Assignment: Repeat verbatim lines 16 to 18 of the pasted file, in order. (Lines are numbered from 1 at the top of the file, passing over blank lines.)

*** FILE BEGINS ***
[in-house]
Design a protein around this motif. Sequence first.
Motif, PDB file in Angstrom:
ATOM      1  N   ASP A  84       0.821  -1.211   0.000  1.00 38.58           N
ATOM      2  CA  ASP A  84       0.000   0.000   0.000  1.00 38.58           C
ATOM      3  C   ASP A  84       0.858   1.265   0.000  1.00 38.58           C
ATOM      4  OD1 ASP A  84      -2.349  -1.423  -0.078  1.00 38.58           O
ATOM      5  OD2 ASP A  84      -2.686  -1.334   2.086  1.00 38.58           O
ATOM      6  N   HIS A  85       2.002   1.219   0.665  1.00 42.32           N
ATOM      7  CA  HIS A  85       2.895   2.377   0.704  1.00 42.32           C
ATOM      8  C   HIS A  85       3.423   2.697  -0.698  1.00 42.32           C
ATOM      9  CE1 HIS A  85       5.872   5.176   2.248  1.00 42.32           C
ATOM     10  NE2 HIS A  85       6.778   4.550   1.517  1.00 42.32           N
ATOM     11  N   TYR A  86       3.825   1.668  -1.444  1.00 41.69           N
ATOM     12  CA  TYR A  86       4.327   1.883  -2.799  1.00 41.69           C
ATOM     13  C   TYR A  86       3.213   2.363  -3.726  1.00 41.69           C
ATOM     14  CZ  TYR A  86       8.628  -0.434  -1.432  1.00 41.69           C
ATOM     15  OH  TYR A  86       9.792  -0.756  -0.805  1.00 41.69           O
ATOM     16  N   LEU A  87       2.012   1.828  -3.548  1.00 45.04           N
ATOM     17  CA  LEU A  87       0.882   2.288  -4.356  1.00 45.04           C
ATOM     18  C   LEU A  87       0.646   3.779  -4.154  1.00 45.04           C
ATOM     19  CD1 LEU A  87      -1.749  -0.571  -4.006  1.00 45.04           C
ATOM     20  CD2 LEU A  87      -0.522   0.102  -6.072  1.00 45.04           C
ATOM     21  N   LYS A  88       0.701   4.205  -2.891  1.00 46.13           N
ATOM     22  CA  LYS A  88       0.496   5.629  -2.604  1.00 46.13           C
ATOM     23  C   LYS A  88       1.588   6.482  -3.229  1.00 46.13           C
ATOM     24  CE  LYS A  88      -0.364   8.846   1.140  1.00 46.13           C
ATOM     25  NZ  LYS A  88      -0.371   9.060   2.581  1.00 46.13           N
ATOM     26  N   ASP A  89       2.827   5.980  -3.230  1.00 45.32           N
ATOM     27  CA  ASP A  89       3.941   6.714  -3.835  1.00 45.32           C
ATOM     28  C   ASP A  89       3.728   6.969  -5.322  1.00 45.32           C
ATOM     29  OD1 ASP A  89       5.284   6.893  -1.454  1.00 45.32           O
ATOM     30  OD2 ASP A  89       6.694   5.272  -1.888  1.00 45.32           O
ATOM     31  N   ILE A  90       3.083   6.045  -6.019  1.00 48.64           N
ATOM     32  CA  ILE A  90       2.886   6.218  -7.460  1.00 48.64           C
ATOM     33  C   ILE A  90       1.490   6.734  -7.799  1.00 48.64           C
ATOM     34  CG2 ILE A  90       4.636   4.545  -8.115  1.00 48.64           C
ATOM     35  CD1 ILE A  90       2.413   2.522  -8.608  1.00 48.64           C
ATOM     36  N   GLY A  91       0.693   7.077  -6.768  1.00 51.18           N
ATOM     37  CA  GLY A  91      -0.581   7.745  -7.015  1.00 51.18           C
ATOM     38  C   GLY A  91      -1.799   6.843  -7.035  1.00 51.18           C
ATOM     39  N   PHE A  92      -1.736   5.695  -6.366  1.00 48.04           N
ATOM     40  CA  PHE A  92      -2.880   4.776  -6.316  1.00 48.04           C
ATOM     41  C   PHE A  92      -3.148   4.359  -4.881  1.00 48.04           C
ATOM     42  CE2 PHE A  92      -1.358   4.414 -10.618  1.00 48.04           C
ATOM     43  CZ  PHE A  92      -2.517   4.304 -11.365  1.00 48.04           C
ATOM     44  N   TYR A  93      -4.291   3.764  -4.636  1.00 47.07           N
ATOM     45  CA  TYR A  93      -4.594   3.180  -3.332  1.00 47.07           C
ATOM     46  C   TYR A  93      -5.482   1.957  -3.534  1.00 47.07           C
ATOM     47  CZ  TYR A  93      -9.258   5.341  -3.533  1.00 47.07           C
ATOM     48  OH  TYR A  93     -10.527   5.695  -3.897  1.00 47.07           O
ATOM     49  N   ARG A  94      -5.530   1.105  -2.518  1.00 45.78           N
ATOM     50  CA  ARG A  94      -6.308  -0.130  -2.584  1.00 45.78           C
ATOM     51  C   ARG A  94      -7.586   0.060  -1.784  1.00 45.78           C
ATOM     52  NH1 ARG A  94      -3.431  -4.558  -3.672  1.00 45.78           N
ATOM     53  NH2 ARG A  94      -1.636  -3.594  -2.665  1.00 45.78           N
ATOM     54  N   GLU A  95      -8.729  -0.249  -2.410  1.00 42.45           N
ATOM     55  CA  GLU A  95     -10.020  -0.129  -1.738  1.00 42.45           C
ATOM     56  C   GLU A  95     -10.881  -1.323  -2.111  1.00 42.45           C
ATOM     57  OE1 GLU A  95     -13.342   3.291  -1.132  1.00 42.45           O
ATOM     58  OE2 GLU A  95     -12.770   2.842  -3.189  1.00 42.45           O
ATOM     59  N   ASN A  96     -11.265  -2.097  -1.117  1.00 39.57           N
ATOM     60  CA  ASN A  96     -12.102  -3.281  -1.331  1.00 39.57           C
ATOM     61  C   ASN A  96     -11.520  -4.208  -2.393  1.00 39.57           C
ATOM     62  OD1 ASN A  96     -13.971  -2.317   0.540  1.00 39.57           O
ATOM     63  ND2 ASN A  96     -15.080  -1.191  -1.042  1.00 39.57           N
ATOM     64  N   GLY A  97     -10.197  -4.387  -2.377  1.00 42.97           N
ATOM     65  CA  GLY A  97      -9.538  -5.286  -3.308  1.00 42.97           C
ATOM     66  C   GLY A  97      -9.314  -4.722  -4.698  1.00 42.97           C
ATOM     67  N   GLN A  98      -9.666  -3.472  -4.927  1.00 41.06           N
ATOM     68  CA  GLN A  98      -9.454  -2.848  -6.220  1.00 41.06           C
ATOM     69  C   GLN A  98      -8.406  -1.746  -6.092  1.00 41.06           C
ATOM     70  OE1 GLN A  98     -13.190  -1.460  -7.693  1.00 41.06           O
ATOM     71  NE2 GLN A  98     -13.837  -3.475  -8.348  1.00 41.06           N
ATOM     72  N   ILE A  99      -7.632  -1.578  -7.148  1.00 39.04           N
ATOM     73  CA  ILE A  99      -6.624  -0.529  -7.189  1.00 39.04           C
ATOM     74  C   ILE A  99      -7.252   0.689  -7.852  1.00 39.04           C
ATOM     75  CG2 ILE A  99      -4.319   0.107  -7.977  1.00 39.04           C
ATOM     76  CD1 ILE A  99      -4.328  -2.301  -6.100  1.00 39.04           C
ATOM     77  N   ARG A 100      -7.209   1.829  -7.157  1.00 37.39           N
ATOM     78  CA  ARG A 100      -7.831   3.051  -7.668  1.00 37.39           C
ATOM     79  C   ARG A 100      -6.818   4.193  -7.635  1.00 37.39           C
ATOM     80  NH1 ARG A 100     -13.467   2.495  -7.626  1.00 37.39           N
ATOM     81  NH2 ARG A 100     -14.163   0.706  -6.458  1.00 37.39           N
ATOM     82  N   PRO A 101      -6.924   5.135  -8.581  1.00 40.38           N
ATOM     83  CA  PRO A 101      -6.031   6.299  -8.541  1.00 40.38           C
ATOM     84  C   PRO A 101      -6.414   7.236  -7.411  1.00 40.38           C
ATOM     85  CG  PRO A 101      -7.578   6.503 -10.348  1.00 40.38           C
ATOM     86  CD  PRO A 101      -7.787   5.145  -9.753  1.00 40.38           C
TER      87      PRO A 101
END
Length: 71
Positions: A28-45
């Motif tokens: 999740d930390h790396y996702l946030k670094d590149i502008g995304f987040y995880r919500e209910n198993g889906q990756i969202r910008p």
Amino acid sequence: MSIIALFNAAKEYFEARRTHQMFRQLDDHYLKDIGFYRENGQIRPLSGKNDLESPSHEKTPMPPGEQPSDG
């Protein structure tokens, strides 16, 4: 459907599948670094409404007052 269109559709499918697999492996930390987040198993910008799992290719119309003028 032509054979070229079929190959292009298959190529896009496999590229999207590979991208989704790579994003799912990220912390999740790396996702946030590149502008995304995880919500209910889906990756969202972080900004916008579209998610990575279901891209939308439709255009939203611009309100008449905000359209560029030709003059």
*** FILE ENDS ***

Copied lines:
ATOM     13  C   TYR A  86       3.213   2.363  -3.726  1.00 41.69           C
ATOM     14  CZ  TYR A  86       8.628  -0.434  -1.432  1.00 41.69           C
ATOM     15  OH  TYR A  86       9.792  -0.756  -0.805  1.00 41.69           O